The Wallace Collection

The Wallace Collection, A Family Collection, A National Museum, An International Treasure House
  • Rapier
  • Unknown Artist / Maker
  • Germany, probably
  • late 16th century
  • Steel, chiselled and blackened
  • Length: 127.6 cm
    Width: 2.85 cm
    Weight: 1.2 kg
  • Inscription: '· A N D R E A · F E R A R A ·' On each side; probably spurious
    Stamp: Toledo mark Probably spurious
  • A544
  • European Armoury II
Images & Media
Further Reading
  • Rapier, the hilt composed of a flattened cylindrical pommel with a cone-shaped button; an original spirally-fluted, wire-bound grip; crossguard curved alternately upwards and downwards, with a slight horizontal recurve; single side-ring joining the trilobate hilt-arms, and two projecting double counter-guards. The crossguard and counter-guards terminate in oval lobes bearing masks chiselled in relief; the pommel and side-ring are chiselled with cartouches containing an equestrian and a standing figure in relief. There is no decoration on the left side of the hilt, except on the pommel; the whole is of blackened steel. The double-edged blade of hexagonal section, the double flute at the forte being inscribed on each side:–
    · A N D R E A · F E R A R A ·
    The ricasso stamped on each side with the Toledo mark.
    The blade is probably a German imitation of Spanish (Toledo) and Italian (Belluno) work.

    Two very similar hilts are in the Musée Dobrée, Nantes, from the collection of the comte de Rochebrune (1917 Cat., pI. X, nos. I and V). Belluno is a small town on the right bank of the River Piave at the edge of the mountains fifty miles to the north of Venice. Andrea and his elder brother, Giovan Donato or Giandonato de i Ferari, are both mentioned as being talented masters in the first edition of the Trattato militare of Giovan Matteo Cigogna, published in Venice in 1567. They were employed in one of the two forges of maestro Giovan Battista detto il Barcelone (died 1583), presumably a Spanish immigrant, at Fisterre in the parish of Cusighe near Belluno, where they also lived. The first name of their father is unfortunately unknown, but since his surname was da Fonzàs it is possible that the family originally came from Fonzaso, a small community some twenty-two miles south-west of Belluno. It is possible that the nickname Ferari, incidentally a common one in Belluno at that time, was taken from their working in iron, rather than from their coming from the city of Ferrara. One of their sisters, Maria or Mariana, both names being given, married another swordsmith, perhaps also a man of Spanish birth or extraction, Zuan or Giacomo Castellano, who also had a forge at Fisterre. Both brothers were old enough for each to be the head of a workshop by 1567, and so they were probably born about 1530. Andrea, whose first wife Franchescina, the daughter of maestro Zuan de Cesa, a bell founder, had died at some unknown date, married again, on 24th July 1580, Fiametta, daughter of ser Zaneto Cavalaro da Treviso, living in Cividale. She died in 1603, and he lived on until 21st April 1612. (D. F. Pellegrini, 'Di un armaiuolo Bellunese del secolo XVI', Archivio Veneto, X, 1875, pp. 43-53, but quoting the second edition of the Trattato of Cigogna, published in 1583. There appears to be no evidence of what mark, if any, Andrea dei Ferari used. The name, which was widely forged, as here, appears with a large variety of marks and there is no certainty that any are genuine. A signed rapier blade in the Royal Armouries is mounted in a hilt dated 1597 (no. IX.1018). Of the immense number of blades bearing versions of Andrea's name, the great majority cannot have been wrought by him, as they are of later date, and few have been isolated as his work with any certainty. Similarly, the Toledo mark was freely imitated in Germany. The hilt is of poor design, rough workmanship, and does not approach in quality the best Italian work.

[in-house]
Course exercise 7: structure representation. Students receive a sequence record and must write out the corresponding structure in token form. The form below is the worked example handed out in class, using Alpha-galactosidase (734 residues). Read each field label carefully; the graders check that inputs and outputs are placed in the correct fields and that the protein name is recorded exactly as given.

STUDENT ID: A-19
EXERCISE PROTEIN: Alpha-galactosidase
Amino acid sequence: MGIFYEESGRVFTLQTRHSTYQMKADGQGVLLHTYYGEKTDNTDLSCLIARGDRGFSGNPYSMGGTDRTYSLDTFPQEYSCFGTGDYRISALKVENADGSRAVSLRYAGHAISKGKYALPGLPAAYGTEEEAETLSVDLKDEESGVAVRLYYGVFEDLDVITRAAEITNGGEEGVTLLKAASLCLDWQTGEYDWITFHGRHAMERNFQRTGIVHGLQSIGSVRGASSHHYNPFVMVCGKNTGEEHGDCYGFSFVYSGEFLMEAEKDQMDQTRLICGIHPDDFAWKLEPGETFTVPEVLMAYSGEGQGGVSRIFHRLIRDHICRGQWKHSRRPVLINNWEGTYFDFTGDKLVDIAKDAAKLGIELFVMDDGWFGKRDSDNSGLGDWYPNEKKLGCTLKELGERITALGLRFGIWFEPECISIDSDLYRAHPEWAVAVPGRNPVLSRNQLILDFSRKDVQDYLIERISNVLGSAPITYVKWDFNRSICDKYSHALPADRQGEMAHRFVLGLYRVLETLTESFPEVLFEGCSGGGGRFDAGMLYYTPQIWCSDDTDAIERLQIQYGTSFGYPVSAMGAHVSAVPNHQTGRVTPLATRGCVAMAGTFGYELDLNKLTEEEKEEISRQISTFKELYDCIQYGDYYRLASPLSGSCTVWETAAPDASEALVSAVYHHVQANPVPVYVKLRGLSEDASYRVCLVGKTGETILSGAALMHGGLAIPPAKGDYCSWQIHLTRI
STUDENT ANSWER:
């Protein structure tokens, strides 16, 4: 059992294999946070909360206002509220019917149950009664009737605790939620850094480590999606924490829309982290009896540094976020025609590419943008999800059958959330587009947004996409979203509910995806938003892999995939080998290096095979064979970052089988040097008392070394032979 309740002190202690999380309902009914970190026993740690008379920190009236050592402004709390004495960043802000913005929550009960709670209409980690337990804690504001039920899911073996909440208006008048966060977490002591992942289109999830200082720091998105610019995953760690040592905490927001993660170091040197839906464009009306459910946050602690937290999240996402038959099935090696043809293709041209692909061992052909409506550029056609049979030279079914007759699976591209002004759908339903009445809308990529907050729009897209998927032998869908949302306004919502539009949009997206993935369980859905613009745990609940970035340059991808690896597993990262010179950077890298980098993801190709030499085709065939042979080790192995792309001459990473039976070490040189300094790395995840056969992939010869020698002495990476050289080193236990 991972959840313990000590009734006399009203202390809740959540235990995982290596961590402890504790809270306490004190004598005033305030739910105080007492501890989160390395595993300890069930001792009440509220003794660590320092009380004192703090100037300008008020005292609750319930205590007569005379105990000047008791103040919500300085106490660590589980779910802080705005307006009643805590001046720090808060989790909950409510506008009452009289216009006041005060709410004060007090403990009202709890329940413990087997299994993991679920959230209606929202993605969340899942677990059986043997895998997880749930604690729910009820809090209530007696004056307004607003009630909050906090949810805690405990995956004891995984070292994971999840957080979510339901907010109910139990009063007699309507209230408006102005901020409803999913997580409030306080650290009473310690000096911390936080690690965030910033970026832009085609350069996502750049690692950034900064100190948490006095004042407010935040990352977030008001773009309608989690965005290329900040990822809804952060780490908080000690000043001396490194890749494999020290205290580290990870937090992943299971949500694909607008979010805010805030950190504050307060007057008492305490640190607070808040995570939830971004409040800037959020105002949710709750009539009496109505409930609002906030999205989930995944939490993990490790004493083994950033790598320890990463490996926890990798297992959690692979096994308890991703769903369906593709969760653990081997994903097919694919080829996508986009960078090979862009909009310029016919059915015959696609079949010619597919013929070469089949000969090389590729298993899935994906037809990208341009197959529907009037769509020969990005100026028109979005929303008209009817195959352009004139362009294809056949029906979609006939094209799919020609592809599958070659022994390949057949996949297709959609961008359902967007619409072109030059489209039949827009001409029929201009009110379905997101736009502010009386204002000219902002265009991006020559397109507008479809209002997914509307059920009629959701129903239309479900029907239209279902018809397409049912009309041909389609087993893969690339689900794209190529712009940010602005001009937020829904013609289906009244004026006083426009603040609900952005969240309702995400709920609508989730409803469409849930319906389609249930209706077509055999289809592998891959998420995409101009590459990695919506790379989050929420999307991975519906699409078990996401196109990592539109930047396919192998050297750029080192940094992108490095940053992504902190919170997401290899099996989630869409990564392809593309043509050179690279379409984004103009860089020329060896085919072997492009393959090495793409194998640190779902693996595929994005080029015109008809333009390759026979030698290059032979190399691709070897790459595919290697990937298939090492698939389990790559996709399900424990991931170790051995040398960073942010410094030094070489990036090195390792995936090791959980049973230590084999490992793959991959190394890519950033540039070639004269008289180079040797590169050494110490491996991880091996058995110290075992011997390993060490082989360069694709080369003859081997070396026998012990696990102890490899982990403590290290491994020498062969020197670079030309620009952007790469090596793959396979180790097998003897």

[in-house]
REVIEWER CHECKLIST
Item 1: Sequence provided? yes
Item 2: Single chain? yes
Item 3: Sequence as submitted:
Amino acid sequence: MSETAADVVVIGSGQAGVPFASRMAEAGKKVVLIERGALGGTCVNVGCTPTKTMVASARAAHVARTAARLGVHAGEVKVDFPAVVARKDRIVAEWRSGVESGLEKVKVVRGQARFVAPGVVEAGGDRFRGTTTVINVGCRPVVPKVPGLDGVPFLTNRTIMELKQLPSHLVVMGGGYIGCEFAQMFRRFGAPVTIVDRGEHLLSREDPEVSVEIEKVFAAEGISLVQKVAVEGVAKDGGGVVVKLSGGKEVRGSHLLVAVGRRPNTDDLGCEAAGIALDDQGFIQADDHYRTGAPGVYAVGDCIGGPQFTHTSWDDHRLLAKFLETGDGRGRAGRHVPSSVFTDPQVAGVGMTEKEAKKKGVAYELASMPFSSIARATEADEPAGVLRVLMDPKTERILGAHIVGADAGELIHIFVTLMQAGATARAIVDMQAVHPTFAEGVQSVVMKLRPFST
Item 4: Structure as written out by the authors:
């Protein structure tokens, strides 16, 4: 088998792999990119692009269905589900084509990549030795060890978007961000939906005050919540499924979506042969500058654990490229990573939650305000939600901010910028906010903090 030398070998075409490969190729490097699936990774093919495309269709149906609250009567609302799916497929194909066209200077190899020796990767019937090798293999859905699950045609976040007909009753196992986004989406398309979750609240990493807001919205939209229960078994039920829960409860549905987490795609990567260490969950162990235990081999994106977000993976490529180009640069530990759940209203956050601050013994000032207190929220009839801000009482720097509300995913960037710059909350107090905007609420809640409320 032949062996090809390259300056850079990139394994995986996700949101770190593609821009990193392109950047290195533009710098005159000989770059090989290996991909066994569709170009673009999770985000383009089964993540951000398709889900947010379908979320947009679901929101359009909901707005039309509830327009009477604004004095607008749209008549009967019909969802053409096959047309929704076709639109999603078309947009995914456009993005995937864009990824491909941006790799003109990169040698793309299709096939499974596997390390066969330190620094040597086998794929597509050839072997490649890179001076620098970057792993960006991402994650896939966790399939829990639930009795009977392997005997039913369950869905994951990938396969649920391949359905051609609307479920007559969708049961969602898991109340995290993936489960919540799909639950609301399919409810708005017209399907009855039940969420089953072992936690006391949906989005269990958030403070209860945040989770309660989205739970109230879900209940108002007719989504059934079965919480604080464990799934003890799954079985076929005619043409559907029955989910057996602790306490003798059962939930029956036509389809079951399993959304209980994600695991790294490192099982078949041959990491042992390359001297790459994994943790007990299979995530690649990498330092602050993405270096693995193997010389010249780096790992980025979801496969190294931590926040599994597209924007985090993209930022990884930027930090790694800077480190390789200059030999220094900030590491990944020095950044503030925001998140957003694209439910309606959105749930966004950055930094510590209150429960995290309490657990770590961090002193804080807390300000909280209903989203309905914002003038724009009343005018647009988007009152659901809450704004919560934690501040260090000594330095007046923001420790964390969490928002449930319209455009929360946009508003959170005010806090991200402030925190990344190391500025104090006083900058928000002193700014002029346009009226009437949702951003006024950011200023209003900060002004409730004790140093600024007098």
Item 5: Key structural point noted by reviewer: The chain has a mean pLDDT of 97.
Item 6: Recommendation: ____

For other blades inscribed Andrea Ferara, see A545, 565, 588, 592, 636, 696.